The National Aeronautics and Space Administration (NASA) has announced that it will be launching its own 4K TV channel on Nov. 1.

In a blog post, NASA revealed that its Marshall Space Flight Center in Huntsville, Alabama has struck a deal with video delivery infrastructure firm Harmonic to deliver Ultra High-Definition (UHD) content, or 2,160p at 60 frames per second, via pay TV channels and its own Internet streaming website.

"Partnering with Harmonic gives NASA an outlet for its UHD content, which has four times the resolution of HD and is the next iteration of digital television," says Robert Jacobs, NASA's deputy associate administrator for its Office of Communications.

NASA already has its own TV channel, NASA Television, but footage is delivered in High-Definition. The new TV channel will leverage the 8MP resolution of UHD to offer audiences an ultra-stunning look at space as they sit inside their living rooms.

Footage to be expected from NASA's new channel will be sourced initially from current high-resolution images and videos taken from the International Space Station and remastered footage of "historical missions."  

For now, the space agency is still negotiating deals with cable, satellite and optical networks to provide access to what it calls "the first ever non-commercial consumer ultra-high definition channel in North America." It is worth noting that Comcast and Verizon, the biggest pay TV providers in the United States, currently do not offer NASA Television, so viewers may have to wait for a while before they can actually switch the remote to NASA's upcoming 4K channel.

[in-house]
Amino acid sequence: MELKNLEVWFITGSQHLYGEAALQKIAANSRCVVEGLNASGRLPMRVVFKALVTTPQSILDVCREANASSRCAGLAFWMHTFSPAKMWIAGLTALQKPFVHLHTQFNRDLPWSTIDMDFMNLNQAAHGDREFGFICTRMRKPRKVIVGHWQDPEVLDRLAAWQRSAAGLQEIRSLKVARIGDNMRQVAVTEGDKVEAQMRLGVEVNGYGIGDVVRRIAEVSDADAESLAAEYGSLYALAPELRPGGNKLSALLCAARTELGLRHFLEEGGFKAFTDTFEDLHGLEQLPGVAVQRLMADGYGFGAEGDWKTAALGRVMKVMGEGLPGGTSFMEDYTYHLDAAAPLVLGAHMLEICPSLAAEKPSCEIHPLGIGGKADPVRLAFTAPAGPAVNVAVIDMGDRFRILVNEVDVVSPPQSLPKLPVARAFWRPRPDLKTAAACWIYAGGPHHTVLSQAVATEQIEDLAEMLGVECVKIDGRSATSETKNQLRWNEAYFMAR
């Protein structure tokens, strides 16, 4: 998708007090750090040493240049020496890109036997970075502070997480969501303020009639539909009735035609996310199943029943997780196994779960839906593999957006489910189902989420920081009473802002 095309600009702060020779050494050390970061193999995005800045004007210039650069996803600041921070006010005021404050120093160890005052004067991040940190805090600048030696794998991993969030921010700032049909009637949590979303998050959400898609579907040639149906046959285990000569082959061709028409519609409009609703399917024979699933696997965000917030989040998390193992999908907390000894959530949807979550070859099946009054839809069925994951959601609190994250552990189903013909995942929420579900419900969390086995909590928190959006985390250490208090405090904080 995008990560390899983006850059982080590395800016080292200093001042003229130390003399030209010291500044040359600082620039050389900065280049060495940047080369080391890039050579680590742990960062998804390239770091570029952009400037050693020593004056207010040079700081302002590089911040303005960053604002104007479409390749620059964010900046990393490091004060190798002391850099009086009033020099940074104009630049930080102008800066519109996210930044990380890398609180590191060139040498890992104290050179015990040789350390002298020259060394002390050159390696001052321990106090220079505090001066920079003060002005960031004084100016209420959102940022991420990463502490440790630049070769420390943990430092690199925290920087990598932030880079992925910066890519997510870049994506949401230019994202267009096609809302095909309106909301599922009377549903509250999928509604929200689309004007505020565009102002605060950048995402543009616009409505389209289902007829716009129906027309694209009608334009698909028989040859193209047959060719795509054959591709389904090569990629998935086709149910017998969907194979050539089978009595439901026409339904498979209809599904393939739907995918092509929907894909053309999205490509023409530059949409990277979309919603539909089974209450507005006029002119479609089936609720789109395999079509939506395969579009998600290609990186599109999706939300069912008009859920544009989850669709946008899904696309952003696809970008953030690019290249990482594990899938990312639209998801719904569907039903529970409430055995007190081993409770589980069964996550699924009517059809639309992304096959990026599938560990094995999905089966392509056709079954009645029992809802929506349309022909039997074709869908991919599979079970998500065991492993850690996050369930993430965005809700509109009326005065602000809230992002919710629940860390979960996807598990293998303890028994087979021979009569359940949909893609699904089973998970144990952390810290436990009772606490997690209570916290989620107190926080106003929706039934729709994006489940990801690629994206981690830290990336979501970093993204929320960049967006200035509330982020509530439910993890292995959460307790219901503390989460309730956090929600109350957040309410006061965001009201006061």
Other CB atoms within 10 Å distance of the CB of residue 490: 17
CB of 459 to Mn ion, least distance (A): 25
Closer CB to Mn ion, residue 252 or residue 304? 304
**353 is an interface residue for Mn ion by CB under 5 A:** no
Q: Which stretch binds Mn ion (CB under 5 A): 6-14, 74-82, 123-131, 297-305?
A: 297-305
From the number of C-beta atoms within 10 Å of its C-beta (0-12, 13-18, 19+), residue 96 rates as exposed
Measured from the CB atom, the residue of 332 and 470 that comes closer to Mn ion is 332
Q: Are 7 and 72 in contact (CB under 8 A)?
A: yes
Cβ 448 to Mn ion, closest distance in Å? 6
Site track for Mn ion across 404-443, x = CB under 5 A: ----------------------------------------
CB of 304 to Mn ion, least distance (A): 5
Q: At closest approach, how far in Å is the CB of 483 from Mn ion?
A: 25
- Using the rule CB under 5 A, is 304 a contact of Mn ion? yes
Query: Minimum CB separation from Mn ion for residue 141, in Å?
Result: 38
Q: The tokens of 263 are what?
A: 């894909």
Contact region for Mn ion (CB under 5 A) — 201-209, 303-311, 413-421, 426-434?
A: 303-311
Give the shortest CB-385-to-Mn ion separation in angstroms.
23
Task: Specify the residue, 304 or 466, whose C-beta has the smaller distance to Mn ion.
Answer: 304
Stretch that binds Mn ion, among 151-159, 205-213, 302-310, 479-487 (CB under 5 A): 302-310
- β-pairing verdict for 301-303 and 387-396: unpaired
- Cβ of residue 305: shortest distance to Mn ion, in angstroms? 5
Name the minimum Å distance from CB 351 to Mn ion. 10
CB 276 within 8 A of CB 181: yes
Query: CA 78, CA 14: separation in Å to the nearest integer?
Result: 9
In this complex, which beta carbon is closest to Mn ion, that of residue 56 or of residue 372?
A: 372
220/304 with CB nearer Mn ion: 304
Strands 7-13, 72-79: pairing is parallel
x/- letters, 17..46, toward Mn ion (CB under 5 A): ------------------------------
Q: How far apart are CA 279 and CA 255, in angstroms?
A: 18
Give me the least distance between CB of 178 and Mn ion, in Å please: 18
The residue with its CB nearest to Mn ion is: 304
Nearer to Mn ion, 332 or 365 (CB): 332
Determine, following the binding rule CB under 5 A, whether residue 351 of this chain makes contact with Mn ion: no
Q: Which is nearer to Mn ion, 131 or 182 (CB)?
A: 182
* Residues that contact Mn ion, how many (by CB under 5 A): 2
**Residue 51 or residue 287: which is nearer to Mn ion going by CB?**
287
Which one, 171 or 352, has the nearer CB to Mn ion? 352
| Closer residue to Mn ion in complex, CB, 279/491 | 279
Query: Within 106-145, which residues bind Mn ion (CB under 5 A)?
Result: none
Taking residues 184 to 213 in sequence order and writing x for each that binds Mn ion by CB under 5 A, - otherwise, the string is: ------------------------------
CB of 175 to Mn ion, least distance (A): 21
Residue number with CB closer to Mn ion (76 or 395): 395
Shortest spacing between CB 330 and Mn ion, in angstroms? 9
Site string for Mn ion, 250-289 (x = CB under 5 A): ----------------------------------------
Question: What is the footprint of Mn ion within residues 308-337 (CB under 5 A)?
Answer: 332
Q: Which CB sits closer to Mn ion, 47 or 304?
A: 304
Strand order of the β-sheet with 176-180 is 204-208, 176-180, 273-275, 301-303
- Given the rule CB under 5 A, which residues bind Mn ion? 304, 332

However, viewers can still access the channel for free via the Internet through their PCs and mobile devices, as long as they have a good Internet connection with speeds of 13Mbps or higher. That is currently slightly above the U.S. average of 11.9Mbps, as posted by Akamai Technologies.

For several months now, technology companies have been touting 4K as the future of digital content. However, while manufacturers have been pushing ultra-expensive Ultra-HD TVs to consumers, adoption has been minimal mostly due to the dearth of 4K content available to viewers, but content providers are slowly but steadily trickling in to go 4K.

"As organizations at the forefront of innovation, together we are leading the adoption of this exciting technology," says Harmonics Chief Marketing Officer Peter Alexander.

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